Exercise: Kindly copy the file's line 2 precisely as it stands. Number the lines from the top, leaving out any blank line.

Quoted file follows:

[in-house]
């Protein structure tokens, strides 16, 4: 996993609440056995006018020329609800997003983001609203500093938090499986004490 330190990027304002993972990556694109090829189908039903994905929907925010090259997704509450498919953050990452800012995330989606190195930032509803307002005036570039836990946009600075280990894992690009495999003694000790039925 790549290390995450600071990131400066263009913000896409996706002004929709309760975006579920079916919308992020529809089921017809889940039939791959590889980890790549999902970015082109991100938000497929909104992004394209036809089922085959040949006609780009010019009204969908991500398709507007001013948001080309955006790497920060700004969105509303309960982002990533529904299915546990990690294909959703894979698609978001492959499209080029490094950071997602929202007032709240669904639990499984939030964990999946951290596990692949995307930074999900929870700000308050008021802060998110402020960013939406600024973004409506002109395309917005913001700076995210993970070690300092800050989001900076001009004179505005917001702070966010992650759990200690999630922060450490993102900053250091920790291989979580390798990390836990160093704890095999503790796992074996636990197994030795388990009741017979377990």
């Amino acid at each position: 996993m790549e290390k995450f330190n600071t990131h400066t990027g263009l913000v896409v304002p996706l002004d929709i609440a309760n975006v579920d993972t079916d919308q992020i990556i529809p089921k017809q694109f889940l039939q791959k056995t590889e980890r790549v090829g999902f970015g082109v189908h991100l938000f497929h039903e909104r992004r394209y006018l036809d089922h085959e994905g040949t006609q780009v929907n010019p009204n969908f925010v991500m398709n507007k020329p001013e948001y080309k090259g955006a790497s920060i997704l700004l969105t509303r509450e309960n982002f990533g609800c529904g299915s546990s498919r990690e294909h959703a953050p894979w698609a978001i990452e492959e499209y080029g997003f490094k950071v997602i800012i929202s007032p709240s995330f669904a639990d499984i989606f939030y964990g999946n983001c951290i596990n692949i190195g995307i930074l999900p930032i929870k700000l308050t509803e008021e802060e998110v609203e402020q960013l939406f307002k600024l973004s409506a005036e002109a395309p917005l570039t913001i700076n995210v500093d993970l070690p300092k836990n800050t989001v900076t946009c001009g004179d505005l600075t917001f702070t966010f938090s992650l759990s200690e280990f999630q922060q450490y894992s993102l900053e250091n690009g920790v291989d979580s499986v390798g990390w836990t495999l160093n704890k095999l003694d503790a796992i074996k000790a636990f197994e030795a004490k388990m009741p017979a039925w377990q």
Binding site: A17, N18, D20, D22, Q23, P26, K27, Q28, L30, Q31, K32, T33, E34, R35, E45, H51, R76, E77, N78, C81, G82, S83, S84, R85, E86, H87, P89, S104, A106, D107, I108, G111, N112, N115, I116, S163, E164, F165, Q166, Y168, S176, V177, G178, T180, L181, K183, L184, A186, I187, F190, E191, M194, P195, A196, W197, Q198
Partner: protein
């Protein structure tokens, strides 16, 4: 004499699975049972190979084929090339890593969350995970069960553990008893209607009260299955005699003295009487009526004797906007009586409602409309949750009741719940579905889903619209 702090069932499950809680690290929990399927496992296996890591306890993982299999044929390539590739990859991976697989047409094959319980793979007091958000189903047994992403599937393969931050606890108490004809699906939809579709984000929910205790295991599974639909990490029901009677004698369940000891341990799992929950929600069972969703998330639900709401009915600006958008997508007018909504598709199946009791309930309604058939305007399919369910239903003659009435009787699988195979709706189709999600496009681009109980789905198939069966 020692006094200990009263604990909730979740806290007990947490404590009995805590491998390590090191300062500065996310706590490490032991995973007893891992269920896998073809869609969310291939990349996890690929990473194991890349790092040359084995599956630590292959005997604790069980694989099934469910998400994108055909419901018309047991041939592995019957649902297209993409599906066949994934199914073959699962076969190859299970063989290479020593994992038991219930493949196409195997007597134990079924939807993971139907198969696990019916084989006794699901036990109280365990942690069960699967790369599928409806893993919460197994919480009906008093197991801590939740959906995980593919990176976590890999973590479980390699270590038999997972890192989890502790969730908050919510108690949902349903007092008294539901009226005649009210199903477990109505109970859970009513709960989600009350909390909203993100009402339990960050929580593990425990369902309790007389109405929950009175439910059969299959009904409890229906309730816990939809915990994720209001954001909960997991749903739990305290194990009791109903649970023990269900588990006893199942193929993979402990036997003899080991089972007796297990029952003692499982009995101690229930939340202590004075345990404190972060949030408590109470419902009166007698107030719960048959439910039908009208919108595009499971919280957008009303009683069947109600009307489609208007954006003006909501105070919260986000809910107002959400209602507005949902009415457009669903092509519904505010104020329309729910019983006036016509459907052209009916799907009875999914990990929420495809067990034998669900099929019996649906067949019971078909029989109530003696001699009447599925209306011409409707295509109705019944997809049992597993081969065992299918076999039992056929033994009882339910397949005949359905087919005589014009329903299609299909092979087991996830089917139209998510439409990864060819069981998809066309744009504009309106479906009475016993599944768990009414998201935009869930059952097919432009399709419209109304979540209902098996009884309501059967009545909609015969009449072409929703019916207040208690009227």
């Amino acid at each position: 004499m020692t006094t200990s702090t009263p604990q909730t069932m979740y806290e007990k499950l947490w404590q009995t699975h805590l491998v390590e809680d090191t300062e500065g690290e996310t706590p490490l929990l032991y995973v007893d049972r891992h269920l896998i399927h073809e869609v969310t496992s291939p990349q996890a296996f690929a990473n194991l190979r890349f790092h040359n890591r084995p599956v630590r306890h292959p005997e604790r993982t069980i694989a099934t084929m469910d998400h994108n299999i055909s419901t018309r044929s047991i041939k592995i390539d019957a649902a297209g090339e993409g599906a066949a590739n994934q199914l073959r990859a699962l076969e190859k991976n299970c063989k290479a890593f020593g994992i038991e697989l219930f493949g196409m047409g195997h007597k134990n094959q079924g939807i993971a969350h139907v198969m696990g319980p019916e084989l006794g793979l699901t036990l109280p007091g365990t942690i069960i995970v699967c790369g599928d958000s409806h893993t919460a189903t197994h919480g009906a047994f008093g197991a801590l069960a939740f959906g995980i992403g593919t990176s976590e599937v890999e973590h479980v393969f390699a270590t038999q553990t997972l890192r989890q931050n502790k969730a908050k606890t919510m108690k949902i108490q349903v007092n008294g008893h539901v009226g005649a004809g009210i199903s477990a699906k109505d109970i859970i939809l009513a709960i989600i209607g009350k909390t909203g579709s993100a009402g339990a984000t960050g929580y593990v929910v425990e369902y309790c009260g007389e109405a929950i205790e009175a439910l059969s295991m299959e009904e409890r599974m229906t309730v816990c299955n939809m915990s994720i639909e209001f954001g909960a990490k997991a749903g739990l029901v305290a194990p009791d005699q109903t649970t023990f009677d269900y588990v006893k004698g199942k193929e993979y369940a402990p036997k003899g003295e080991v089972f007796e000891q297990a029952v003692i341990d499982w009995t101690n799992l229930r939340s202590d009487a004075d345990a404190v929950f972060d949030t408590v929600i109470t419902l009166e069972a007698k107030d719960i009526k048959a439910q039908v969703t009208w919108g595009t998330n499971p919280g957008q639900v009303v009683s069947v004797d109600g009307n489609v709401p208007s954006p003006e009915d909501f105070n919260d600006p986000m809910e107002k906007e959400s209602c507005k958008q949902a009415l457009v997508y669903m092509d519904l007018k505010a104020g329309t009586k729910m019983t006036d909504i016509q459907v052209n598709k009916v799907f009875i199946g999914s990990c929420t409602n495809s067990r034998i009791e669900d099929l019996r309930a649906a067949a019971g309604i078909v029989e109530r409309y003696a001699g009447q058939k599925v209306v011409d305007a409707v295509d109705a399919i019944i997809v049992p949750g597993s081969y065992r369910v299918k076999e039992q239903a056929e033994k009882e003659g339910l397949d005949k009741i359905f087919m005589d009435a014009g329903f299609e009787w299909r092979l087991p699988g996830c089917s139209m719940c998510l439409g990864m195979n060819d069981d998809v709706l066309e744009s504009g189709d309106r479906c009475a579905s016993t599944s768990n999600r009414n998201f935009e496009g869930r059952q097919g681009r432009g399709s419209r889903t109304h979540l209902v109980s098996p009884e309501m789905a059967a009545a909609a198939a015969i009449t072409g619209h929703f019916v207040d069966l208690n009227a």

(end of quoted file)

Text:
């Protein structure tokens, strides 16, 4: 996993609440056995006018020329609800997003983001609203500093938090499986004490 330190990027304002993972990556694109090829189908039903994905929907925010090259997704509450498919953050990452800012995330989606190195930032509803307002005036570039836990946009600075280990894992690009495999003694000790039925 790549290390995450600071990131400066263009913000896409996706002004929709309760975006579920079916919308992020529809089921017809889940039939791959590889980890790549999902970015082109991100938000497929909104992004394209036809089922085959040949006609780009010019009204969908991500398709507007001013948001080309955006790497920060700004969105509303309960982002990533529904299915546990990690294909959703894979698609978001492959499209080029490094950071997602929202007032709240669904639990499984939030964990999946951290596990692949995307930074999900929870700000308050008021802060998110402020960013939406600024973004409506002109395309917005913001700076995210993970070690300092800050989001900076001009004179505005917001702070966010992650759990200690999630922060450490993102900053250091920790291989979580390798990390836990160093704890095999503790796992074996636990197994030795388990009741017979377990």